Samsung and MedyMatch team up to create AI medical imaging device for first aid

AsiaIndustrial NetNews: The United States has a “mobile stroke ambulance unit” ambulance, which is dedicated to the case of a stroke. NeuroLogica, a medical imaging company owned by Samsung, and MedyMatch, an Israeli artificial intelligence company, have jointly built an artificial intelligence platform for this ambulance unit with the functions of a Samsung CereTom CT scanner, making it easier for rescue physicians to use this mobile scanning tool. You can quickly tell if the patient has a cerebral hemorrhage or a blood clot.

Samsung and MedyMatch team up to create AI medical imaging device for first aid

MedyMatch’s AI diagnostic capabilities will be bundled with Samsung CereTom (Image: PR Newswire)

At the launch of Samsung’s NeuroLogica and MedyMatch, Peter Rasmussen, medical director of the Cleveland Clinic’s Telemedicine Program, said having a scanner that can quickly identify a brain hemorrhage is very important, because in this scenario, the direction of treatment is determined. There must be a race against time.

In early March 2017, MedyMatch has partnered with IBM Watson Healthcare to bring cerebral hemorrhage diagnostic applications to a larger market. The two are combining this application with IBM Watson’s imaging business.

And this integration of MedyMatch and Samsung NeroLogica is just the beginning of a “roadside AI” project. This project aims to apply the fusion of machine learning and mobile medical technology to all emergency scenarios.

“We are standing on a new threshold in medical imaging,” MedyMatch’s CEO said in the release. He said that the development of medical imaging has been focusing on clear imaging, more portable equipment, etc., and the artificial intelligence application of MedyMatch will help this trend move forward, allowing imaging instruments such as CT to provide not only images, but also medical answers. .

Numerous studies have shown that rescue strokes within the first few hours of symptoms can be effective in saving lives and reducing the impact of the condition. So there are also many health care providers experimenting with “mobile stroke units,” which move point-of-care care from the hospital to the patient’s location.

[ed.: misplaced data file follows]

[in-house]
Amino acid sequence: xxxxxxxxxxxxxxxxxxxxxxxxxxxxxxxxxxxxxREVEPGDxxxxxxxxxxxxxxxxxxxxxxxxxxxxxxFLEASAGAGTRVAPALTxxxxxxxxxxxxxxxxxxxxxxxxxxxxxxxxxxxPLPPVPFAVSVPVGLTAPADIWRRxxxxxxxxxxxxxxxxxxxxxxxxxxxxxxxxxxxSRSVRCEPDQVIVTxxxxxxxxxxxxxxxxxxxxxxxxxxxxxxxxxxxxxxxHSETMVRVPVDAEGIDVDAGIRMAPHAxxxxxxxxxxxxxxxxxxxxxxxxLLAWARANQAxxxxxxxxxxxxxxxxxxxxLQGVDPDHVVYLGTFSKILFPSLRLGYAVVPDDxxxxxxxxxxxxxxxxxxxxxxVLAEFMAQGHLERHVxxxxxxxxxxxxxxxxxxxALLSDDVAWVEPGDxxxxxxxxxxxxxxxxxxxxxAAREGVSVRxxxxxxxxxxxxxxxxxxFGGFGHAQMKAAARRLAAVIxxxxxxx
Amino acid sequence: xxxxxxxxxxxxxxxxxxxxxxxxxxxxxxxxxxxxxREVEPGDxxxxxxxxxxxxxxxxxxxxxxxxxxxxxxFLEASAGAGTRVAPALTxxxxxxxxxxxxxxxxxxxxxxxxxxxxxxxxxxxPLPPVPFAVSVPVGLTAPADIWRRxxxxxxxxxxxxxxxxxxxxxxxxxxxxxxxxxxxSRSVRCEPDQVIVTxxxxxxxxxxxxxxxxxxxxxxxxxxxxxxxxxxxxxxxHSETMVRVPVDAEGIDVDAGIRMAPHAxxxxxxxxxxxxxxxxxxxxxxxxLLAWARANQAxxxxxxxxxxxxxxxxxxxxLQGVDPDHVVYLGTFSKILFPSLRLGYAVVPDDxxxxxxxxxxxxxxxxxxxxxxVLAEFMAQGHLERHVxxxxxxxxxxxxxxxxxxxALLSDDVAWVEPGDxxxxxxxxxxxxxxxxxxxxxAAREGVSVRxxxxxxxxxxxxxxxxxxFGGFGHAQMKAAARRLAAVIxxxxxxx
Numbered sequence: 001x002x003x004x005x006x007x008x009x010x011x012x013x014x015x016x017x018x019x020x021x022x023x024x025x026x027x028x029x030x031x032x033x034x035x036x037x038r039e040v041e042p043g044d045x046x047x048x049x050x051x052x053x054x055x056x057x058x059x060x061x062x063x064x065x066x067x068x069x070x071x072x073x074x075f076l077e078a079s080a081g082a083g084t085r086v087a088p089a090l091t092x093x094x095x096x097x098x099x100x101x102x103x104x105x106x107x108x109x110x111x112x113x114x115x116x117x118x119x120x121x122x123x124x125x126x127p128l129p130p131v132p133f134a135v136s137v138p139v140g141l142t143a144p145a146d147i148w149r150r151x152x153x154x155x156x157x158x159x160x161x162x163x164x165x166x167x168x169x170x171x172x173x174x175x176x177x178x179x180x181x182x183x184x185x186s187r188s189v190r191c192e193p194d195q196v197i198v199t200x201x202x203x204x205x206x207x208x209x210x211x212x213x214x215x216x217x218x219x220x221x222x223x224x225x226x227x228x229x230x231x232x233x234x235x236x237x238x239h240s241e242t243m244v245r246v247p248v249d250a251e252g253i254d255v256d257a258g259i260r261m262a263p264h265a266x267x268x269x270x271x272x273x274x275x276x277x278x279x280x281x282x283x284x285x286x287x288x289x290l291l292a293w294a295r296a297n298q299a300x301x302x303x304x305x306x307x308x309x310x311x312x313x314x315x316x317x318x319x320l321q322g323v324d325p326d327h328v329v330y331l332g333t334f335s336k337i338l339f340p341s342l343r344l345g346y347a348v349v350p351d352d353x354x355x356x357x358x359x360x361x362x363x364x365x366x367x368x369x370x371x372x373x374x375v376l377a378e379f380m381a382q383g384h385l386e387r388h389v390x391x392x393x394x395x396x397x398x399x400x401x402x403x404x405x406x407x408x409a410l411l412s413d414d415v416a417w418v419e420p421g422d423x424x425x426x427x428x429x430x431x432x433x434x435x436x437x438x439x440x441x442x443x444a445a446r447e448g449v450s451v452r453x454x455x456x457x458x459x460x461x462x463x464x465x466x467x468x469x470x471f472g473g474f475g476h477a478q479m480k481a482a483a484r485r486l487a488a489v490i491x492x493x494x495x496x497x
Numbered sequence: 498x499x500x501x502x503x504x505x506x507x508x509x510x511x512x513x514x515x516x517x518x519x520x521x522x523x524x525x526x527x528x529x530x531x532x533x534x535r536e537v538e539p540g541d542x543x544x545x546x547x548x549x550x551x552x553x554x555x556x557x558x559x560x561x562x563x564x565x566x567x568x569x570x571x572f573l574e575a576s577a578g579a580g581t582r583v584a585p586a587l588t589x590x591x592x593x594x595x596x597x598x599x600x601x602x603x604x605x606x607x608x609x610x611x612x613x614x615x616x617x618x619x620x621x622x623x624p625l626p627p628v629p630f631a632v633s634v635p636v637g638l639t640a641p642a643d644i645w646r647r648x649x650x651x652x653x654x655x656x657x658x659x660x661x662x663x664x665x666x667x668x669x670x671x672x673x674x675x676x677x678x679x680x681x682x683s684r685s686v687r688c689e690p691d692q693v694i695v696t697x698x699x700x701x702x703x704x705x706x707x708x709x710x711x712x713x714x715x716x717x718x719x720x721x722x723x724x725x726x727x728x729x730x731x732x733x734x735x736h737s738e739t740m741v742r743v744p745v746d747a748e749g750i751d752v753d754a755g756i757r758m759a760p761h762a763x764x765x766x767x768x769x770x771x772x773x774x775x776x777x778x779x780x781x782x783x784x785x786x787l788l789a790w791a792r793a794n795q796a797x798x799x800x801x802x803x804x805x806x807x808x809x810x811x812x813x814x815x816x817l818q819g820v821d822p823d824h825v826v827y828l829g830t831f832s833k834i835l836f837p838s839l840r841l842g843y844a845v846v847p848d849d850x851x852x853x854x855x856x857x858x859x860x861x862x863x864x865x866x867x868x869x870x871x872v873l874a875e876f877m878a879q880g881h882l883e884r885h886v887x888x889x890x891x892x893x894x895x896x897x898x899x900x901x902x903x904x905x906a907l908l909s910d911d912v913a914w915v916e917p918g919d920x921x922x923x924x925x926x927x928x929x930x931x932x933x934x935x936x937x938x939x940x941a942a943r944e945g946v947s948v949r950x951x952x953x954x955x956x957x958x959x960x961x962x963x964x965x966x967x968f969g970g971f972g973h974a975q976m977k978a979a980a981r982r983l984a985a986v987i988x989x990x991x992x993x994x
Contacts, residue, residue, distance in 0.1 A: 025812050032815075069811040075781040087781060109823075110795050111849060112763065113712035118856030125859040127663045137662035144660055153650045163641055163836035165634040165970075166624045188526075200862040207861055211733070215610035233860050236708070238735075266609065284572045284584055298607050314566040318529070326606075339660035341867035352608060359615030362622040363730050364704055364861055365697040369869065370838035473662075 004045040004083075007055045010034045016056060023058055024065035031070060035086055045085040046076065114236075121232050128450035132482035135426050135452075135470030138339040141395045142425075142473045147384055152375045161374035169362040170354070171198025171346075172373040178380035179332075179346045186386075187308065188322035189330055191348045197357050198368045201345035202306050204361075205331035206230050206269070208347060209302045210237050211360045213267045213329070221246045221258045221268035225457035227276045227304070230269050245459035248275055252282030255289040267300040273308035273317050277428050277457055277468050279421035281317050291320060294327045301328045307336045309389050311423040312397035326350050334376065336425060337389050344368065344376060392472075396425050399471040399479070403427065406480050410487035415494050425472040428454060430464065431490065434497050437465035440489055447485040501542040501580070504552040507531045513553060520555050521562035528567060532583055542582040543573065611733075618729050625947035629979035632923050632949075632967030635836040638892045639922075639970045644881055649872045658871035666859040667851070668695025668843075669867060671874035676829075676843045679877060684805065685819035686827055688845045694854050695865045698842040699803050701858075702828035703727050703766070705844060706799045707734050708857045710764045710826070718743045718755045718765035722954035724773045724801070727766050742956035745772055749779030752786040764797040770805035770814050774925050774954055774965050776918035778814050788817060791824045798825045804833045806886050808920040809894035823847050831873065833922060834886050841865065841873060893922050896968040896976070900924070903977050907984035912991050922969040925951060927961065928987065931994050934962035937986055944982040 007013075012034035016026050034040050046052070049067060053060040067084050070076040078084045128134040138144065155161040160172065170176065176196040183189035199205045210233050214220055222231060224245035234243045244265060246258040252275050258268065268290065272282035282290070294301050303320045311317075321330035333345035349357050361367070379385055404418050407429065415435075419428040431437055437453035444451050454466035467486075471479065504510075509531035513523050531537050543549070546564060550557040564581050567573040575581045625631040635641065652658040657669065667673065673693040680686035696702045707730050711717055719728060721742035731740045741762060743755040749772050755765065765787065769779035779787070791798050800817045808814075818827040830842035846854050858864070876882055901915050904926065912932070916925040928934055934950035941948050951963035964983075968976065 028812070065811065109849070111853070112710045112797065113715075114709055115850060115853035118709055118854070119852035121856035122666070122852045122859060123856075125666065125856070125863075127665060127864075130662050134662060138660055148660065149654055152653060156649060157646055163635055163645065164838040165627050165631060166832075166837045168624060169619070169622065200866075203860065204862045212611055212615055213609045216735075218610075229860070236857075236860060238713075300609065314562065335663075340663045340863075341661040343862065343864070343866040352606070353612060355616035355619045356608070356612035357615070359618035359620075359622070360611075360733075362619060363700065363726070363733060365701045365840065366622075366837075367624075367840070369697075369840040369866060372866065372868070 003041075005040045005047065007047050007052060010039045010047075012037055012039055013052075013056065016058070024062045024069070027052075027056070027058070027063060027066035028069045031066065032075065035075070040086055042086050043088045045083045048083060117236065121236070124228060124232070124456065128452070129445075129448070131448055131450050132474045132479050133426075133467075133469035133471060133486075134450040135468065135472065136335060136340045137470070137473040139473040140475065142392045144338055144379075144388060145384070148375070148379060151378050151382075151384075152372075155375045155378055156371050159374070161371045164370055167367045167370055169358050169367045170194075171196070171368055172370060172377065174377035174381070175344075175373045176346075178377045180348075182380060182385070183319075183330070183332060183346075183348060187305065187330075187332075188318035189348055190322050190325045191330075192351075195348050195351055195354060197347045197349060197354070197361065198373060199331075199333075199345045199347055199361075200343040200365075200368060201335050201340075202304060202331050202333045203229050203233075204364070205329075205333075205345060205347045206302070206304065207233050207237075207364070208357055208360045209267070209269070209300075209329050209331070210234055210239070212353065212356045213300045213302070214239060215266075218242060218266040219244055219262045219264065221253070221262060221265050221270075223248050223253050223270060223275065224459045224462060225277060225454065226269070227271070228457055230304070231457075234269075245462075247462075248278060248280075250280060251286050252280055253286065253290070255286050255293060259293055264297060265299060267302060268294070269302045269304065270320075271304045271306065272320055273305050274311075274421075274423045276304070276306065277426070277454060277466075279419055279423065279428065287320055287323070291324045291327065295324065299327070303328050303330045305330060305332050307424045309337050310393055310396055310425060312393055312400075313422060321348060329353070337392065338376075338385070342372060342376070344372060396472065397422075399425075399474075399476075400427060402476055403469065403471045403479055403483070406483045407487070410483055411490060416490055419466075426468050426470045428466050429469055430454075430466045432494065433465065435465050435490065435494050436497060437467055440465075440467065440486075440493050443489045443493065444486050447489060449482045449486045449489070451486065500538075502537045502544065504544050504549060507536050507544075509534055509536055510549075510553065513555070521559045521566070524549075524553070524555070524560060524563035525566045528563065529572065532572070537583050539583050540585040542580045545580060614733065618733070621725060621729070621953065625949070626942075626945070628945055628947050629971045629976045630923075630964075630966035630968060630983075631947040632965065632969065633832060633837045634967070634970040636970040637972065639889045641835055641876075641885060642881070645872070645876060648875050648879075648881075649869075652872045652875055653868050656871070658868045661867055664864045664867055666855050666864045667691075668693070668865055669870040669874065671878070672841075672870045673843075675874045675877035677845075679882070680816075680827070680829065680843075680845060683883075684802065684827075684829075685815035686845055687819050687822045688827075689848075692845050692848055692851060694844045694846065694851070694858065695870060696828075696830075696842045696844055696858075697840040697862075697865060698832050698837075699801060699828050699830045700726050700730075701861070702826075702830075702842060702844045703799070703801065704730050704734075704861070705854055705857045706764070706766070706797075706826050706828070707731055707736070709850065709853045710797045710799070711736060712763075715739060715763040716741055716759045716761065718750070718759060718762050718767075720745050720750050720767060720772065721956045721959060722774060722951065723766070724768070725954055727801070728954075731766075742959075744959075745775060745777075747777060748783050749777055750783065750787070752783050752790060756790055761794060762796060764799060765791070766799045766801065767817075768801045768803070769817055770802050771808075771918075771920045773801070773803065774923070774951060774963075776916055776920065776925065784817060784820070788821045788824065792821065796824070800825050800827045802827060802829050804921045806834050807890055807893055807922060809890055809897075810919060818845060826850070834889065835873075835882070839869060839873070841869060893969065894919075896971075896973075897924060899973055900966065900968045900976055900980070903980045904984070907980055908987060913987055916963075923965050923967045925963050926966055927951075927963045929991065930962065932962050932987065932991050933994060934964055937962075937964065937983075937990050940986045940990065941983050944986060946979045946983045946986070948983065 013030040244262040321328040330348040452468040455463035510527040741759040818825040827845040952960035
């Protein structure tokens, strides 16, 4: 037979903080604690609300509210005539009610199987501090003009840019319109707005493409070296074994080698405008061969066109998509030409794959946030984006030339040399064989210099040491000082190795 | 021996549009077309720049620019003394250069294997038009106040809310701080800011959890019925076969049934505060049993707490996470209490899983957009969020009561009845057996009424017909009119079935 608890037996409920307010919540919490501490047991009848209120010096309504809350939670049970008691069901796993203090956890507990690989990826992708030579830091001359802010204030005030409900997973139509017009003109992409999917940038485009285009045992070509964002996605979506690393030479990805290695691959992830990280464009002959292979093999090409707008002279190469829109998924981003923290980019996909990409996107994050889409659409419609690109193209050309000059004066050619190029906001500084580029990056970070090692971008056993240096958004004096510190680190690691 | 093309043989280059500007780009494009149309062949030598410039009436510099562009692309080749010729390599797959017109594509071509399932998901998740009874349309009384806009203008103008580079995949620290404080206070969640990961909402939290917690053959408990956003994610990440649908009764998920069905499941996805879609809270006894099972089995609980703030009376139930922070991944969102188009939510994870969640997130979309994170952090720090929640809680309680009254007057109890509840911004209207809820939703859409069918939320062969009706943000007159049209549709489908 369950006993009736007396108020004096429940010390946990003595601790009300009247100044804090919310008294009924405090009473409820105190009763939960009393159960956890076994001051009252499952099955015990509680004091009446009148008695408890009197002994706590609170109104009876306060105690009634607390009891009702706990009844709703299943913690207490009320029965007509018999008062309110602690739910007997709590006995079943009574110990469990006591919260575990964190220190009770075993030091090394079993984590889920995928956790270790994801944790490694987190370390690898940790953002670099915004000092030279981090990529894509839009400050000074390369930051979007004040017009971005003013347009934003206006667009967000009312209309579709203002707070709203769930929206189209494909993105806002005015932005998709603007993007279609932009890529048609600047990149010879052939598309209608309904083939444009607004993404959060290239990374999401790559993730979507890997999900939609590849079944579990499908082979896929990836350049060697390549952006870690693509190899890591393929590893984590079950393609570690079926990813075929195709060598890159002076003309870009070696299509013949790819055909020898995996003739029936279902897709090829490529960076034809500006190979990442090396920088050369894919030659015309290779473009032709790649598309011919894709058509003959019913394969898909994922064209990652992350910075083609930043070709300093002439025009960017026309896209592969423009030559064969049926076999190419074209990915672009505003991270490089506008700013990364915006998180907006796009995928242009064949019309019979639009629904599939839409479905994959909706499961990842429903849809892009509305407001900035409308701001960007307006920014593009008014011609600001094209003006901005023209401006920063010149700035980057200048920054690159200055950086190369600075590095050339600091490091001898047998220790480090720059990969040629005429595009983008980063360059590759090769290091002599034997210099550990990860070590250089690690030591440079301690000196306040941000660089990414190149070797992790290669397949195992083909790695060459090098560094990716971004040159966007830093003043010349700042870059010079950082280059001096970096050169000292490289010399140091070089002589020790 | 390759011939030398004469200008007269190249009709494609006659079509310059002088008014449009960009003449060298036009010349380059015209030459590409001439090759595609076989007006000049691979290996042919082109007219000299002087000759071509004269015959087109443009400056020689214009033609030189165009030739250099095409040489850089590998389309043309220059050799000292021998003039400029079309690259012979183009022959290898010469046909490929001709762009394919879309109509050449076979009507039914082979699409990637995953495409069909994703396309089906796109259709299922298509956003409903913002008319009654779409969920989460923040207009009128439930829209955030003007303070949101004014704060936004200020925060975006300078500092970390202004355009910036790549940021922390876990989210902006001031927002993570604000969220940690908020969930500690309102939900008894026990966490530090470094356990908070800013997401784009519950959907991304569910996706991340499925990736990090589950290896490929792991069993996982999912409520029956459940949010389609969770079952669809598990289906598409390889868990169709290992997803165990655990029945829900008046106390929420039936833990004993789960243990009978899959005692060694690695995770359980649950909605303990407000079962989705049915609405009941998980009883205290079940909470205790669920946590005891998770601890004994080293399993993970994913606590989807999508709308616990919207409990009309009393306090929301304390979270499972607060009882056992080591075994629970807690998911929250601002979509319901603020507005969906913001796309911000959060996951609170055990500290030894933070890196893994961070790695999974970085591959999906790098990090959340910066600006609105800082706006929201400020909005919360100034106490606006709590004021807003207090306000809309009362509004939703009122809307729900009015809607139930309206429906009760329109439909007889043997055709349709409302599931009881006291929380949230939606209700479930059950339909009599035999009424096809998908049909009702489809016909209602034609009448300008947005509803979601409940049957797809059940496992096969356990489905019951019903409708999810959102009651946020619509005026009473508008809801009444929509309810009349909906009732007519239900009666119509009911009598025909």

A 2015 study by the Cleveland Clinic and Cleveland Emergency Medical Services found that services like the Mobile Stroke Unit allowed patients at least 5 minutes earlier to get a CT scan and 26 minutes earlier to get clot-draining drugs.

Chicago was one of the first cities to begin testing mobile stroke ambulance units, including Northwestern Medical Center DuPage Hospital and Rush University Medical Center in Chicago, which have dispatched specially equipped ambulances for emergency use.

Harish Shownkeen, medical director of stroke and vascular care at Northwestern Medicine’s DuPage Hospital, believes that the specially equipped ambulance is a wonderful technology that will become standard in the near future. “Treatment has never changed, what has changed is the level of sophistication of the treatment tools.”

James Co, director of cerebrovascular disease at Rush University Medical CenterNners even emphasized that for stroke patients, time is really critical, because every minute of cerebral obstruction, the brain will die of about 2 million cells.

Samsung NeuroLogica CEO Phillip Sullivan said that in addition to Chicago, New York, Trenton, New Jersey, Alberta, Canada, and even Thailand, India, and Germany have “mobile CT scanning units” from Samsung NeuroLogica. “Our collaboration with Israeli artificial intelligence company MedyMatch is a step further in stroke-supporting technology.”

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Published on 09/18/2022